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Expansion rate of the universe measured out to 11 billion years ago using dark energy

In an extraordinary feat of cosmic exploration, astronomers are embarking on a five-year journey to create the most extensive 3D map of the cosmos ever conceived. The Dark Energy Spectroscopic Instrument (DESI) is at the forefront of this endeavor, and its initial findings are already reshaping our understanding of the universe.

Measuring the universe’s expansion with dark energy

Using spectra from nearby galaxies and distant quasars, astronomers from the DESI collaboration have measured the expansion history of the universe with unparalleled precision.

By analyzing the survey’s first-year data, which contains the largest extragalactic spectroscopic sample ever collected, researchers have achieved a precision better than 1% over the last 11 billion years.

“We’re incredibly proud of the data, which have produced world-leading cosmology results,” said Michael Levi, DESI director and LBNL scientist.

“So far we’re seeing basic agreement with our best model of the Universe, but we’re also seeing some potentially interesting differences that could indicate dark energy is evolving with time,” Levi continued.

Mapping the cosmos at an unprecedented rate

DESI’s ability to collect light from millions of galaxies across more than a third of the entire sky is truly remarkable.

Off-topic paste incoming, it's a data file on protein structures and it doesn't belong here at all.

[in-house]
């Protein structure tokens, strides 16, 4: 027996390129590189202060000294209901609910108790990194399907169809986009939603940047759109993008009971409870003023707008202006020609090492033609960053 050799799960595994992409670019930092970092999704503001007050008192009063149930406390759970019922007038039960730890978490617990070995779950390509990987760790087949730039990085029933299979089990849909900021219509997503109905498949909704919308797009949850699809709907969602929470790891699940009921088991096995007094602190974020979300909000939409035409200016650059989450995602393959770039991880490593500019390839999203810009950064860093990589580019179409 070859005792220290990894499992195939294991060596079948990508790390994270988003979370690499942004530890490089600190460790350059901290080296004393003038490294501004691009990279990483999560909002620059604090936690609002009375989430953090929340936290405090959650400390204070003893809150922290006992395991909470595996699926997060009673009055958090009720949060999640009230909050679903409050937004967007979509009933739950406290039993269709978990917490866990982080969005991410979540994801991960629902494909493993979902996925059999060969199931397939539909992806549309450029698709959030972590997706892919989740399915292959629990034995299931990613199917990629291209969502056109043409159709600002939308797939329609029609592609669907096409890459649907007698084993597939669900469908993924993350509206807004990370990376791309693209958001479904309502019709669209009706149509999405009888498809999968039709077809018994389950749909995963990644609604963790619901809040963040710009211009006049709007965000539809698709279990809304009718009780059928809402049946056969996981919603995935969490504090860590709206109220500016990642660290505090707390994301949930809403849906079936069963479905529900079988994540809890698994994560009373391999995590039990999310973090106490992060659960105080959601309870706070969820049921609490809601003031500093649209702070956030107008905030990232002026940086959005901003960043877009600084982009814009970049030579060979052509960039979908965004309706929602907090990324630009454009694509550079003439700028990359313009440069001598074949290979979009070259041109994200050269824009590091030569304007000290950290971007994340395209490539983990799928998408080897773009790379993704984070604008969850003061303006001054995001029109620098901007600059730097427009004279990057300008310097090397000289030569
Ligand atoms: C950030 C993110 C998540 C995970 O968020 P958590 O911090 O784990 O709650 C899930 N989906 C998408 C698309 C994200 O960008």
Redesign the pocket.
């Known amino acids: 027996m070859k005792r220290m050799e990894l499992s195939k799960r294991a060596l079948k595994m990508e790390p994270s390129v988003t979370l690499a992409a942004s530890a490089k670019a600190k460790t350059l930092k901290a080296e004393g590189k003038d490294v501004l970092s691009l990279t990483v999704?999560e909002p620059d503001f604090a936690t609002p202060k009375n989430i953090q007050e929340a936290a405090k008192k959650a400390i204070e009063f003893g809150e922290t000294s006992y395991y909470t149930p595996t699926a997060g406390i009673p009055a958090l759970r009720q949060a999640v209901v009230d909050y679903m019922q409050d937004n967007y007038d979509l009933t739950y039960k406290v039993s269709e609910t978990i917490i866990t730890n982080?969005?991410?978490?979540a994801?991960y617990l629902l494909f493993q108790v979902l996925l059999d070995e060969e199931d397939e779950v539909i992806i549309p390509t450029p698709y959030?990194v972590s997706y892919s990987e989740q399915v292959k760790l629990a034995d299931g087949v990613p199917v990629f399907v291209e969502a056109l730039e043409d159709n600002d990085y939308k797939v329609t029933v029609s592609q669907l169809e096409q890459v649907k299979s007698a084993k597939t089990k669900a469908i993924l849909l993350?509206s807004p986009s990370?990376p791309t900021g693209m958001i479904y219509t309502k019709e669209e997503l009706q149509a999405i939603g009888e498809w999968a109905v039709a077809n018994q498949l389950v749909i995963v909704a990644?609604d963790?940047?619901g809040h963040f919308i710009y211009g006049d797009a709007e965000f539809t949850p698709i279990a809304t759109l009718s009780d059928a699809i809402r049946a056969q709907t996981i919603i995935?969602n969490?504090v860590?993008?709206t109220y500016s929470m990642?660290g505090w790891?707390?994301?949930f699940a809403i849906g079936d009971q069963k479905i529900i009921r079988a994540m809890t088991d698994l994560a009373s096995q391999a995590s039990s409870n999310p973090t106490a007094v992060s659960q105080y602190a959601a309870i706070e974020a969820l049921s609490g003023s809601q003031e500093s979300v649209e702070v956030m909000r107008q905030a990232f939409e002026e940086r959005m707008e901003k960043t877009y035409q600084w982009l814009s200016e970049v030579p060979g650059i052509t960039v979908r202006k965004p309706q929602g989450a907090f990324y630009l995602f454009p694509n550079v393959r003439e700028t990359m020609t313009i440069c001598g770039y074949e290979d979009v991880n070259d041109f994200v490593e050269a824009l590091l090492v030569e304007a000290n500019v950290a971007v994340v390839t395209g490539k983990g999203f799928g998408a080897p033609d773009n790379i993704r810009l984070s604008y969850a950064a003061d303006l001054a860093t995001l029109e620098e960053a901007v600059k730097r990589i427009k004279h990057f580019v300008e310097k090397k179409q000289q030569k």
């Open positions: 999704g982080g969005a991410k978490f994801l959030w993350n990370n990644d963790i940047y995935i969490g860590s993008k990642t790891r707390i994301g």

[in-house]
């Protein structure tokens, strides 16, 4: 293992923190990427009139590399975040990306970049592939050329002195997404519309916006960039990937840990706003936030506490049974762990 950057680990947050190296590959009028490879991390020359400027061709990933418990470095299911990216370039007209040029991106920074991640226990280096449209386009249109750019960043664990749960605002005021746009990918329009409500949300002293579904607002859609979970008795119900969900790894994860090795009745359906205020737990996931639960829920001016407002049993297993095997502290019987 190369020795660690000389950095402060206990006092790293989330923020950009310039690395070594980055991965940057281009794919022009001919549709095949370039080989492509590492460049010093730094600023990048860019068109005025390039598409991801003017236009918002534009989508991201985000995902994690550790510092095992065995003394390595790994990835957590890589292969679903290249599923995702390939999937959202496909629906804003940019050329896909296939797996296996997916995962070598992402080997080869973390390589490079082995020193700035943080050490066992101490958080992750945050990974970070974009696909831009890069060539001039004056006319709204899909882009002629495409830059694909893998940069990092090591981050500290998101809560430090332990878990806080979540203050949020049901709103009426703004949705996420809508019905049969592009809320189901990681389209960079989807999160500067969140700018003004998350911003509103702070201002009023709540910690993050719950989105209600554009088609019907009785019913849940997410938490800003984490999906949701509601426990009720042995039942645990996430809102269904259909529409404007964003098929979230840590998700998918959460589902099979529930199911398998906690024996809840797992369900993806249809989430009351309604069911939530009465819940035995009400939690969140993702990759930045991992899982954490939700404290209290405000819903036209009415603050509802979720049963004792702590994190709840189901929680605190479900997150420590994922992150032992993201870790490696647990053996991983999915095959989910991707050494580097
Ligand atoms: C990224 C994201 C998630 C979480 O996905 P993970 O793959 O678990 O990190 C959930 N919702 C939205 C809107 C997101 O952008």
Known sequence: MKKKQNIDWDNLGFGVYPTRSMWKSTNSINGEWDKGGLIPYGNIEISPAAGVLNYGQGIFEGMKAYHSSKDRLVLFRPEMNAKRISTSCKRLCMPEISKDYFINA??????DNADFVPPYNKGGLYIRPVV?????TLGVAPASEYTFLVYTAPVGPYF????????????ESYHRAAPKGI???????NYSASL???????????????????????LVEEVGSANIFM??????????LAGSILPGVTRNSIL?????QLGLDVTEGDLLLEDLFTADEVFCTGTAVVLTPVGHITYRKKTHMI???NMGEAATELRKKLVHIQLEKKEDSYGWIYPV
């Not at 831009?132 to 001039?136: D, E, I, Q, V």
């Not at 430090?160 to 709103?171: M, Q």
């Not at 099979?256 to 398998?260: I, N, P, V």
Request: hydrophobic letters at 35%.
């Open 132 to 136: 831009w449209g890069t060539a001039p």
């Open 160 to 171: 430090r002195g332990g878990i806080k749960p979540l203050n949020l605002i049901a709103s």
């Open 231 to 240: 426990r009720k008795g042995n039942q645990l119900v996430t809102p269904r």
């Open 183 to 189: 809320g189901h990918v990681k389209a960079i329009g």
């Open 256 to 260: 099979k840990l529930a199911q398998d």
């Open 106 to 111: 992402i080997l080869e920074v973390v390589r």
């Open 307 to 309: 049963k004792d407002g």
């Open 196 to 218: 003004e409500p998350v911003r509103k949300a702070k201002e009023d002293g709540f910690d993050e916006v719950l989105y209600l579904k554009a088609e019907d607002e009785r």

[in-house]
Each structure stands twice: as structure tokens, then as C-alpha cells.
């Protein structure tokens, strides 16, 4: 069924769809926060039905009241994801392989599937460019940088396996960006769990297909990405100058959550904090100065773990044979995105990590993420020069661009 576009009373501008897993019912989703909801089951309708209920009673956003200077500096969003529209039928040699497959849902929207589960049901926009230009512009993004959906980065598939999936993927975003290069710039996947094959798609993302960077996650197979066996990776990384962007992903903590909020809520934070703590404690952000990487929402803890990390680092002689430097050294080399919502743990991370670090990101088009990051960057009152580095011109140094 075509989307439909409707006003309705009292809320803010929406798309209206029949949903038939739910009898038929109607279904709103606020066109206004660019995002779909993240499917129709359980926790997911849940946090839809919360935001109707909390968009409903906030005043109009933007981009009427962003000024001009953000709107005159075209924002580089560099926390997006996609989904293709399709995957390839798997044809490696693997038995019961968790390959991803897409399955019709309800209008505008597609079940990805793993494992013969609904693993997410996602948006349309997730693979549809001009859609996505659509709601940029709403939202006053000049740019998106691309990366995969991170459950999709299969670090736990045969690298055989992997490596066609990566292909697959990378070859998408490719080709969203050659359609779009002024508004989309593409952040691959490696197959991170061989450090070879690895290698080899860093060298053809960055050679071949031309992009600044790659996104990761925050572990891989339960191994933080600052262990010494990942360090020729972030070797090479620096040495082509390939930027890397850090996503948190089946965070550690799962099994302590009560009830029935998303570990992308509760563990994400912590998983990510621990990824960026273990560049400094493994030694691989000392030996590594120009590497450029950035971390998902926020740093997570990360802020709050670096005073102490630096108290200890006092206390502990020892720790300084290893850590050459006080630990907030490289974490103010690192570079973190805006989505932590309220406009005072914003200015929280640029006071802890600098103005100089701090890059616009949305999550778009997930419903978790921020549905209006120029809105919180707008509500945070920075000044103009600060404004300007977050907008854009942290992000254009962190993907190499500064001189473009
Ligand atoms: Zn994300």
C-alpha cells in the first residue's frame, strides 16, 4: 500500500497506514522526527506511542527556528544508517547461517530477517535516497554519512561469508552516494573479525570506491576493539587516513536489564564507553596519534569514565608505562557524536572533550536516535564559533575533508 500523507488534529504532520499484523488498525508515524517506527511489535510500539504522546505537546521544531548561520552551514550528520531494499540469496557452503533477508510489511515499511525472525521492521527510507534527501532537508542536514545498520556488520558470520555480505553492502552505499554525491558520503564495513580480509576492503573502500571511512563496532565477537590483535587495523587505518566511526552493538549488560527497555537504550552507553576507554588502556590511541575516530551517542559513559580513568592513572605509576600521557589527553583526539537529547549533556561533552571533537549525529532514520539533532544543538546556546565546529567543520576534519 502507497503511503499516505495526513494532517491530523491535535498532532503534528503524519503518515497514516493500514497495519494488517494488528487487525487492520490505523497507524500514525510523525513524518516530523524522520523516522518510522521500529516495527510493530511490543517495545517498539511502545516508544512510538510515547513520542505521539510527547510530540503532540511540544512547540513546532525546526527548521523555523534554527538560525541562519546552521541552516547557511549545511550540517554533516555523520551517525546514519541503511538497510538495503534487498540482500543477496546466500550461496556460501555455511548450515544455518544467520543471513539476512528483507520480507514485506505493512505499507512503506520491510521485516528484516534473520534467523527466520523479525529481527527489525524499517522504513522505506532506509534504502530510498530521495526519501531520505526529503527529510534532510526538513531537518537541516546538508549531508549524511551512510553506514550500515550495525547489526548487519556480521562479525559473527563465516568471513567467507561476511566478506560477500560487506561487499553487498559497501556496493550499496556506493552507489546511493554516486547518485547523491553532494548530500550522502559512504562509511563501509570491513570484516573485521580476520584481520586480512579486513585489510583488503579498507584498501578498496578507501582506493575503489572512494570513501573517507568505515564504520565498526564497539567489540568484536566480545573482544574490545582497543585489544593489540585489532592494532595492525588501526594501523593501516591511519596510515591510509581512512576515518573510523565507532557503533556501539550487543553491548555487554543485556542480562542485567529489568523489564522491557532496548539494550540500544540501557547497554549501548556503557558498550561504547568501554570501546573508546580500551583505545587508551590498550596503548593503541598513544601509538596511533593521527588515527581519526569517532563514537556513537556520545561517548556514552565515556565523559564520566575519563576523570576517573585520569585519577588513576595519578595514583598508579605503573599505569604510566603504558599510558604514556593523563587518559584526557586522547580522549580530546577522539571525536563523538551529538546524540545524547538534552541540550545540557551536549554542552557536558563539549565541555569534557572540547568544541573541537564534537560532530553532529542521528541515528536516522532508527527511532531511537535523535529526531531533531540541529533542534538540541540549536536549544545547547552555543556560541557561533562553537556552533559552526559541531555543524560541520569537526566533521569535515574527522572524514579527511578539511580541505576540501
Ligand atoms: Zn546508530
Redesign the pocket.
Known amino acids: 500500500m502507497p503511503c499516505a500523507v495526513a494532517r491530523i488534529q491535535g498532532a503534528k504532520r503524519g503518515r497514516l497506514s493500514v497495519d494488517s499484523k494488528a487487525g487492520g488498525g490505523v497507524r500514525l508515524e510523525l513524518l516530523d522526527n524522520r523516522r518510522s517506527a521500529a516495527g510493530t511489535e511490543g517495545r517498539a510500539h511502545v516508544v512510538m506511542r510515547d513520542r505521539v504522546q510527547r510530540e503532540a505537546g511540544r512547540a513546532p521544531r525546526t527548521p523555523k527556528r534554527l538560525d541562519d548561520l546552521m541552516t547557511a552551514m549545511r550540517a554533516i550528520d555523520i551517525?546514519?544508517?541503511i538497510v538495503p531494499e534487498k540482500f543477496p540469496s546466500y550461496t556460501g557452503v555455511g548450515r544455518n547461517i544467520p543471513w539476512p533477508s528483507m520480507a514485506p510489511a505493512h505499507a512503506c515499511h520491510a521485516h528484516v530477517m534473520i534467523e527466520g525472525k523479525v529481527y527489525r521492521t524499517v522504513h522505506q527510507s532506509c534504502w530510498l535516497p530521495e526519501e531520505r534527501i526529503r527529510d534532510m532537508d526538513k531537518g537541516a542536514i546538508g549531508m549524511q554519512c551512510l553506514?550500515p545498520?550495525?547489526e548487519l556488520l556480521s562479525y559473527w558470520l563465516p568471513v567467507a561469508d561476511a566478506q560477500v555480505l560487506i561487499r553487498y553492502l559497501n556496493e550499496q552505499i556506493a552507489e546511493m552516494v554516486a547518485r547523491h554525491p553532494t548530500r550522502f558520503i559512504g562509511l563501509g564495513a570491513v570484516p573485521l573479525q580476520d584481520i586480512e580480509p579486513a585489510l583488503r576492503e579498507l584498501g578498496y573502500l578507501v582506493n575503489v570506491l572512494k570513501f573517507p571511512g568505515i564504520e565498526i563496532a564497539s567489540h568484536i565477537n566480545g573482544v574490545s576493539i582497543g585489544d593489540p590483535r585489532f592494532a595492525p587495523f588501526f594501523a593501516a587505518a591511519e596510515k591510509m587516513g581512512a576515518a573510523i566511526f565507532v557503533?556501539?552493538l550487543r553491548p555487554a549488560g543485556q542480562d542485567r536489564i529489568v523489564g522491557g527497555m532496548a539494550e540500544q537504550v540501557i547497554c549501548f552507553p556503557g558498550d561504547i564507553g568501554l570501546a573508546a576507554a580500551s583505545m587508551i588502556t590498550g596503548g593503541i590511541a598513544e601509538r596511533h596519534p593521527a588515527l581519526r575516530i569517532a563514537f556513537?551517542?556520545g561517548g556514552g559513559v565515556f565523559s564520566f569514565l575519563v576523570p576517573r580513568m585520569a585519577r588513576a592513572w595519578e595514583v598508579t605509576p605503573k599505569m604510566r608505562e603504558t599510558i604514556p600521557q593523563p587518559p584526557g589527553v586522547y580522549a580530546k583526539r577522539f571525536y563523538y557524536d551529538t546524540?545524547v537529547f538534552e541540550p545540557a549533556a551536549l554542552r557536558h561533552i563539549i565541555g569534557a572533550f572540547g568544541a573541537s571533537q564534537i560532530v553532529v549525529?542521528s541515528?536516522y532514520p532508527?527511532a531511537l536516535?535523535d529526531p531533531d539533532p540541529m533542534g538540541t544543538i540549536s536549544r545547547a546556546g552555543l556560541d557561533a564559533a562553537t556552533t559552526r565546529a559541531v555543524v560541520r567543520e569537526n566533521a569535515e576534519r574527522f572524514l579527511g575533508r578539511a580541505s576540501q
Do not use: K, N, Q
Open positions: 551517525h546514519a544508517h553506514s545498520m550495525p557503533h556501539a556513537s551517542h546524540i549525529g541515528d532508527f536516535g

By breaking down the light from each galaxy into its spectrum of colors, DESI can determine how much the light has been redshifted, or stretched to a longer wavelength, by the expansion of the Universe during its billions of years of travel before reaching Earth.

Equipped with 5000 tiny robotic ‘eyes,’ DESI can perform this measurement at an unprecedented rate. In its first year alone, DESI surpassed all previous surveys of its kind in terms of quantity and quality, bringing new insight to one of the biggest mysteries in physics: dark energy.

“The DESI instrument has transformed the Mayall Telescope into the world’s premier cosmic cartography machine,” says Pat McCarthy, Director of NOIRLab.

“The DESI team has set a new standard for studies of large-scale structure in the Universe. These first-year data are only the beginning of DESI’s quest to unravel the expansion history of the Universe and they hint at the extraordinary science to come,” McCarthy concluded.

Baryon Acoustic Oscillations: The cosmic ruler

DESI’s first-year data have allowed astronomers to measure the expansion rate of the universe out to 11 billion years in the past, when the universe was only a quarter of its current age.

They accomplished this feat by using a feature of the large-scale structure of the universe called Baryon Acoustic Oscillations (BAO).

BAO are the leftover imprint of pressure waves that permeated the early Universe when it was nothing but a hot, dense soup of subatomic particles.

As the universe expanded and cooled, the waves stagnated, freezing the ripples in place and seeding future galaxies in the dense areas.

With DESI’s unique ability to map millions of objects both near and far, the BAO pattern can be used as a cosmic ruler.

By mapping nearby galaxies and distant quasars, astronomers can measure the spread of the ripples across several periods of cosmic history to see how dark energy has stretched the scale over time.

DESI’s quest continues on its 5-year odyssey

While the expansion history of the universe may be more complex than previously imagined, confirmation of this must await the completion of the DESI project.